EITI Board ushers in new era of systematic disclosures

Norway becomes first country to progress from EITI reporting to full systematic disclosure

25 October 2017 - The EITI Board today decided that Norway can proceed with ‘mainstreamed implementation’. The decision followed an application submitted to the EITI Board earlier this year. The Board’s decision means that from now on Norway will publish information about the petroleum sector on www.norskpetroleum.no rather than in an EITI Report. Disclosures through this online platform include taxes and other payments received from oil and gas companies operating on the Norwegian continental shelf. Transparency in company payments to the Norwegian government will be ensured through reports prepared by companies operating in Norway in accordance with the EU’s mandatory reporting requirements.  

Although government, industry and civil society in Norway all supported the principles of routine disclosure of EITI data, Norwegian civil society groups were not satisfied that the company reports provide financial data of sufficient quality and reliability. They would have preferred so called extended country-by-country reporting where companies would be obliged to include details on taxes in their audited financial statements.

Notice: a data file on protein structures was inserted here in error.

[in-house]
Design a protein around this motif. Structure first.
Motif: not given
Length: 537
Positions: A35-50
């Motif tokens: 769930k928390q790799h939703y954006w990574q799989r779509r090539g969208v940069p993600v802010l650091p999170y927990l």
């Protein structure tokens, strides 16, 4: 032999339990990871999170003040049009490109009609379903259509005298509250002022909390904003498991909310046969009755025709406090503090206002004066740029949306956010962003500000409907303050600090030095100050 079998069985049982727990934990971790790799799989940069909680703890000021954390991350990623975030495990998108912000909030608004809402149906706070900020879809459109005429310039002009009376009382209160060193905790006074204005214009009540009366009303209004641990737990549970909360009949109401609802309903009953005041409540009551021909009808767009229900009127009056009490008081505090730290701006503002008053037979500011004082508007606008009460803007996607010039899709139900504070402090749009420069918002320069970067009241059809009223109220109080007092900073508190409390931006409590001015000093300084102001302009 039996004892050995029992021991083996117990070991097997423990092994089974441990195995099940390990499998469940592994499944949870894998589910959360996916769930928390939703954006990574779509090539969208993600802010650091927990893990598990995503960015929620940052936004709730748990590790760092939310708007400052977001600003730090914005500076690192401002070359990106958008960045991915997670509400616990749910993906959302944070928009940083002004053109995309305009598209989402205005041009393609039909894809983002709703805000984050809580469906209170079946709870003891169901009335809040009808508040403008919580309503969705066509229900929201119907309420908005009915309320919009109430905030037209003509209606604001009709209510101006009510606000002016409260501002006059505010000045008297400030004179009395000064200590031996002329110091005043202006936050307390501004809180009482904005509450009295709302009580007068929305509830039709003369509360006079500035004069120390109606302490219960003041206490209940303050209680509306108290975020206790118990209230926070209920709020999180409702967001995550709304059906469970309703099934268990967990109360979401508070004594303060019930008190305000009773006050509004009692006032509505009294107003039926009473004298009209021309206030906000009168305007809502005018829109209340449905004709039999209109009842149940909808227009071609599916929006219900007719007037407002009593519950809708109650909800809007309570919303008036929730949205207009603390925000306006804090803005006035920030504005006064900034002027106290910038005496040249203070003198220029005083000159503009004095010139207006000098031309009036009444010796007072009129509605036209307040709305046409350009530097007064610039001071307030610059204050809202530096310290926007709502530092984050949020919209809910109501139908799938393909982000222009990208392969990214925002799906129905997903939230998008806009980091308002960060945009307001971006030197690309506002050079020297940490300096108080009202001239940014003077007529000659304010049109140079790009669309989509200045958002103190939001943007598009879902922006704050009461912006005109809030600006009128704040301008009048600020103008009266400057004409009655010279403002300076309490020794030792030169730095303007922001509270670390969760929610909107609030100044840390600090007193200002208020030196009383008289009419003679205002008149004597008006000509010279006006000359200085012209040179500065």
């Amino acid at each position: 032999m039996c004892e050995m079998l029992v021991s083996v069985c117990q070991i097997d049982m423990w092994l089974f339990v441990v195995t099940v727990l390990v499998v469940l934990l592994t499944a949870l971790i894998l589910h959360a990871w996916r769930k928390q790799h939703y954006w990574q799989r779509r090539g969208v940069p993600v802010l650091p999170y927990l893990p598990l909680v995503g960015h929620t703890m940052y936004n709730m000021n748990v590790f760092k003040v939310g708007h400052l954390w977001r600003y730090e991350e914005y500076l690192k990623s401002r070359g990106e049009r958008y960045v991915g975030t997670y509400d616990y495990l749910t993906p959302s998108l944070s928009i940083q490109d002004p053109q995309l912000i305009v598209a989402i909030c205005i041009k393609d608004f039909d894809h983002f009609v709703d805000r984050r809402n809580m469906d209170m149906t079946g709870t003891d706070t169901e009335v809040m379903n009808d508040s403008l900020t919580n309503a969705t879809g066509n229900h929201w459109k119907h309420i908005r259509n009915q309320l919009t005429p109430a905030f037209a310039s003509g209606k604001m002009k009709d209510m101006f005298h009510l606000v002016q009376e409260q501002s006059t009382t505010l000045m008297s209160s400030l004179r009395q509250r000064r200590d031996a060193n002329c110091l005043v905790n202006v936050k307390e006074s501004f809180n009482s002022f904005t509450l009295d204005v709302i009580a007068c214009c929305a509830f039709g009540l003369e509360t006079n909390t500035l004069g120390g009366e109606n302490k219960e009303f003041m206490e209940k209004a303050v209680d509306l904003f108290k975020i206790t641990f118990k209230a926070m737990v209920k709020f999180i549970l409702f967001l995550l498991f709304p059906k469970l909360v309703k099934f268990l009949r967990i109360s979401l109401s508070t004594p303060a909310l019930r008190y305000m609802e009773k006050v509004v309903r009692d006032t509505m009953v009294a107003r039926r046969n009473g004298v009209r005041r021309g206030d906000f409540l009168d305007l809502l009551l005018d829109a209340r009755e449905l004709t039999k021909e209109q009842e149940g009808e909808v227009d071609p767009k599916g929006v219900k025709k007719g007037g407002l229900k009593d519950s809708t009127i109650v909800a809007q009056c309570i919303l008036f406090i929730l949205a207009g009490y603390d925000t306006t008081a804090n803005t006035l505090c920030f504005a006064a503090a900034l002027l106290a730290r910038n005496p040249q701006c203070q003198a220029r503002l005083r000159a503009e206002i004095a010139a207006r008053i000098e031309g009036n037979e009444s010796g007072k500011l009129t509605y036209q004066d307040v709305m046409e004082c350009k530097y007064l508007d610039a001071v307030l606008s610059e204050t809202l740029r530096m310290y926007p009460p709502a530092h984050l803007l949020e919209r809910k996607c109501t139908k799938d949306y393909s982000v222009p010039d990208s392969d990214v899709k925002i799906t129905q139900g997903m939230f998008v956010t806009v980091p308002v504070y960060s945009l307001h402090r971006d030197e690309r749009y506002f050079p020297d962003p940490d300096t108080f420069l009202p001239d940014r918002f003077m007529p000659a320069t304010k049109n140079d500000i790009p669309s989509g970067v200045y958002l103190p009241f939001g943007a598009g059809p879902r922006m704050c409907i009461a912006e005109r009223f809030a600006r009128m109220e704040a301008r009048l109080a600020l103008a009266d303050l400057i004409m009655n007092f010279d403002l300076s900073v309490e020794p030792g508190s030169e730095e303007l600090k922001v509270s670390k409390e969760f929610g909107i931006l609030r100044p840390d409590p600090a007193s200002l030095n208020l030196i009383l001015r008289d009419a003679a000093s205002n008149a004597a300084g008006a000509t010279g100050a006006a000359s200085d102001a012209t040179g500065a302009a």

EITI Chair Fredrik Reinfeldt said: “Norway’s  progression from EITI reporting to routine disclosure of data on the petroleum sector is a milestone for the EITI. It sets the ambition for how other EITI member countries should strive to make their licensing and tax systems transparent. It also shows the complementarity between the EU mandatory reporting requirements and the EITI”.

The decision of the EITI Board acknowledged the difference of opinions on corporate data quality and, in accordance with the EITI Requirements, emphasised the responsibility of all stakeholders in Norway to agree an approach that will ensure data quality . Norway will also be expected to implement the EITI’s requirement for public beneficial ownership disclosure for all oil and gas companies applying for, or holding, licenses for petroleum exploration and production in Norway.

Norway will also take a different approach to multi-stakeholder engagement and public debate. The Norwegian application to the EITI Board noted that “the EITI has been positive for Norway, but for this to continue it is important that implementation take into account that Norway already embodies the participatory processes that the EITI seeks to foster in other implementing countries.” All stakeholders in Norway agreed that from now on, the conversations that previously took place within Norway’s EITI multi-stakeholder group will be held through existing fora for discussion and debate on the petroleum sector in Norway.